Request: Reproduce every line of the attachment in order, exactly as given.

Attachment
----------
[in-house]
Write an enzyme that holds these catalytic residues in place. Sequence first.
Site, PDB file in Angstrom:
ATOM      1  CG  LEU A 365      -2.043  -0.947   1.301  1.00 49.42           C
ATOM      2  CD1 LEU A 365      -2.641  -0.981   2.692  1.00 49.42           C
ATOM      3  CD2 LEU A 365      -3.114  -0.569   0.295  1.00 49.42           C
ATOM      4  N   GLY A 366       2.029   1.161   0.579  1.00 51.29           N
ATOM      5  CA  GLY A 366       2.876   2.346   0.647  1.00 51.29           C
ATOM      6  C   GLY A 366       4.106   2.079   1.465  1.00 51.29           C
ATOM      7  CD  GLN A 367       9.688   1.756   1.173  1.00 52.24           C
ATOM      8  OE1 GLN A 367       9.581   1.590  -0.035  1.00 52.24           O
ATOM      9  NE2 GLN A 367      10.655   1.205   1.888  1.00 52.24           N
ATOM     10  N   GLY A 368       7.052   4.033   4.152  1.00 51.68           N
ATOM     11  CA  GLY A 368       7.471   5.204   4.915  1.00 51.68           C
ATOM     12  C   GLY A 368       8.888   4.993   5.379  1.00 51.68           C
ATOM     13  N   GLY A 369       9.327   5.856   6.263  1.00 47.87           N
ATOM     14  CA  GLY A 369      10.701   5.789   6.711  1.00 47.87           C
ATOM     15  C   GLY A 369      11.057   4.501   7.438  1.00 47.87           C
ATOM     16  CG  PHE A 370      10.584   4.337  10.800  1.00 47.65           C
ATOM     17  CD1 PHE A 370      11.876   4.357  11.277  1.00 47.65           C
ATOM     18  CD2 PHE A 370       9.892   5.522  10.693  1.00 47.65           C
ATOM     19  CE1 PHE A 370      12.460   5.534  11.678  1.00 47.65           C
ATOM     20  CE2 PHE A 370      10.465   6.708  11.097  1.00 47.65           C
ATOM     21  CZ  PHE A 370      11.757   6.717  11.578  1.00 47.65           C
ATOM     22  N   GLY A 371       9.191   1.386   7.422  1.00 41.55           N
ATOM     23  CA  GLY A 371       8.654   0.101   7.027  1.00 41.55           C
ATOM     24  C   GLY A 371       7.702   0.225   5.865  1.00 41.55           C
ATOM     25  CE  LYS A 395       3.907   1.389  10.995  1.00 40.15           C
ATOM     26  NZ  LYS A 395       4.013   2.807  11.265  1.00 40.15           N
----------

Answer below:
[in-house]
Write an enzyme that holds these catalytic residues in place. Sequence first.
Site, PDB file in Angstrom:
ATOM      1  CG  LEU A 365      -2.043  -0.947   1.301  1.00 49.42           C
ATOM      2  CD1 LEU A 365      -2.641  -0.981   2.692  1.00 49.42           C
ATOM      3  CD2 LEU A 365      -3.114  -0.569   0.295  1.00 49.42           C
ATOM      4  N   GLY A 366       2.029   1.161   0.579  1.00 51.29           N
ATOM      5  CA  GLY A 366       2.876   2.346   0.647  1.00 51.29           C
ATOM      6  C   GLY A 366       4.106   2.079   1.465  1.00 51.29           C
ATOM      7  CD  GLN A 367       9.688   1.756   1.173  1.00 52.24           C
ATOM      8  OE1 GLN A 367       9.581   1.590  -0.035  1.00 52.24           O
ATOM      9  NE2 GLN A 367      10.655   1.205   1.888  1.00 52.24           N
ATOM     10  N   GLY A 368       7.052   4.033   4.152  1.00 51.68           N
ATOM     11  CA  GLY A 368       7.471   5.204   4.915  1.00 51.68           C
ATOM     12  C   GLY A 368       8.888   4.993   5.379  1.00 51.68           C
ATOM     13  N   GLY A 369       9.327   5.856   6.263  1.00 47.87           N
ATOM     14  CA  GLY A 369      10.701   5.789   6.711  1.00 47.87           C
ATOM     15  C   GLY A 369      11.057   4.501   7.438  1.00 47.87           C
ATOM     16  CG  PHE A 370      10.584   4.337  10.800  1.00 47.65           C
ATOM     17  CD1 PHE A 370      11.876   4.357  11.277  1.00 47.65           C
ATOM     18  CD2 PHE A 370       9.892   5.522  10.693  1.00 47.65           C
ATOM     19  CE1 PHE A 370      12.460   5.534  11.678  1.00 47.65           C
ATOM     20  CE2 PHE A 370      10.465   6.708  11.097  1.00 47.65           C
ATOM     21  CZ  PHE A 370      11.757   6.717  11.578  1.00 47.65           C
ATOM     22  N   GLY A 371       9.191   1.386   7.422  1.00 41.55           N
ATOM     23  CA  GLY A 371       8.654   0.101   7.027  1.00 41.55           C
ATOM     24  C   GLY A 371       7.702   0.225   5.865  1.00 41.55           C
ATOM     25  CE  LYS A 395       3.907   1.389  10.995  1.00 40.15           C
ATOM     26  NZ  LYS A 395       4.013   2.807  11.265  1.00 40.15           N